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it was not insidious, and though deliberate, not pertinacious.

His mental faculties were slow; he saw little at a time, but that little he saw with great exactness. He was long in finding the right, but seldom failed to find it at last. His affections were not easily gained, and his opinion not quickly discovered. His reserve, as it might hide his faults, concealed his virtues; but such he was, as they who best knew him have most lamented *."

To the foregoing incomparable article I shall take the liberty of making some additions.

Froin the time of Mr. Cave's first connexion with the Newspaper at Norwich, he had conceived a strong idea of the utility of publishing the Parliamentary Debates ; and had an opportunity, whilst engaged in a situation at the Post-office, not only, as stated by Dr. Johnson, of supplying his London friends with the Provincial Papers: but he also contrived to furnish the Country Printers with those written Minutes of the Proceedings in the Two Houses of Parliament, which within my own remembrance were regularly circulated in the Coffeehouses, before the Daily Papers were tacitly permitted to report the Debates.

The Orders of the House were indeed regularly repeated, and occasionally enforced ; and under these, in April 1728, Mr. Cave experienced some inconvenience and expence; having been ordered into the custody of the Serjeant at Arms, for

supplying his friend Mr. Robert Raikes with the Minutes of the House, for the use of the Gloucester Journal. After a confinement of several days, on stating his sorrow for the offence, and pleading that he had a wife and family who suffered much by his imprison

* Thus far this article is given in the words of Dr. Johnson, from Gent. Mag. vol. XXV. p. 55–57; revised by its excellent Author, at my particular request, in 1781.


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ment, he was discharged, with a reprimand, on paying the accustomed fees *."

In the following year Mr. Raikes again incurred the censure of the House moi by repeating his offence ; but Mr. Cave was at that time out of the scrape *.

The plan of inserting a regular series of the Parliamentary Debates in the Gentleman's Magazine, was a project which Mr. Cave had long in contemplation before he adventured to put it into practice. At length, in July 1736, he boldly dared ; and his method of proceeding is thus related by Sir John Hawkins :

Taking with him a friend or two, he found means to procure for them and himself admission into the gallery of the House of Commons, or to some concealed station in the other House; and then they privately took down notes of the several speeches, and the general tendency and substance of the arguments. Thus furnished, Cave and his associates would adjourn to a neighbouring tavern, and compare and adjust their notes ; by means whereof, and the help of their memories, they became enabled to fix at least the substance of what they had so lately heard and remarked. The reducing this crude matter into form was the work of a future day and of an abler hand; Guthrie, the Historian, a writer for the booksellers, whom Cave retained for the purpose."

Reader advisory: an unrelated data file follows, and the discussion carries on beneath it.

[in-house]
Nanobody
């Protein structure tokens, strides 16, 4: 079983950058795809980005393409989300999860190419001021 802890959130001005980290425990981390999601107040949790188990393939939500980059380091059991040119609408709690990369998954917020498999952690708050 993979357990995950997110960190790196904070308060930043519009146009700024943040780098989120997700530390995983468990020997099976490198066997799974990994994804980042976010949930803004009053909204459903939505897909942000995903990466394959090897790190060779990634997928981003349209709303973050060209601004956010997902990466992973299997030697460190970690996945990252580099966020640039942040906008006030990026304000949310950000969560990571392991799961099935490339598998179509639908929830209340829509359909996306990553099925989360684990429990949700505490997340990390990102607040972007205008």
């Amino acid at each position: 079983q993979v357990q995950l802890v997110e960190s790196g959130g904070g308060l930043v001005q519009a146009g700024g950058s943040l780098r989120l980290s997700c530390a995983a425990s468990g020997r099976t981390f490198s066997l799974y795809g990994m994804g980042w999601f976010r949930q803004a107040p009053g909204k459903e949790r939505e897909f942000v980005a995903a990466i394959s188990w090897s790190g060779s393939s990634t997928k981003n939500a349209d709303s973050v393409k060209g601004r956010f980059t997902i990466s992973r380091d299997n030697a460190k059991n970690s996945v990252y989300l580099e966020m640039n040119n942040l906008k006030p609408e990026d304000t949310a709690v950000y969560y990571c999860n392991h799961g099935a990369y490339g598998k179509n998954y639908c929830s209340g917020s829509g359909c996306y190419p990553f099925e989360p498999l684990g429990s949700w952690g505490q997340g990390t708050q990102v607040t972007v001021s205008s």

* Journals of the House of Commons, vol. XXI. pp. 85, 118, 119, 127. † Ibid. pp. 227, 238.

Mr. Raikes, in a Petition to the House, stated, “ that, before the beginning of that Session of Parliament, he gave orders to his servant, not to insert in his Journal any of the Votes or Resolutions of the House ; that the paragraph complained of was inserted without his knowledge, and was taken (as he was informed) from a News-letter, sent by Mr. Gythens, clerk of the Bristol road, or his assistant, to the King's-head Inn in Gloucester; that the Petitioner is very ill of a fever, keeps his bed, and is not able to travel ; and praying that he may be excused from attending the House." His attendance was accordingly dispensed with ; and Gythens directed to attend.


But these Debates were not given till the Session was ended ; and then only with the initial and final letters of each Speaker.

Thus far all went on smoothly for two years ; till on the 13th of April 1738, a complaint being made to the House, that the publishers of several written and printed News-Letters and Papers had taken upon them to give accounts therein of the Proceedings of the House ; it was Resolved, “ That it is a high indignity to, and a notorious breach of, the Privilege of this House, for any News-writer, in Letters, or other Papers (as Minutes, or under any other denomination), or for any Printer or Publisher of any printed News-paper of any denomination, to presume to insert in the said Letters or Papers, or to give therein, any account of the Debates, or other Proceedings, of this House, or any Committee thereof, as well during the Recess, as the Sitting of Parliament ; and that this House will proceed with the utmost severity against such offenders *."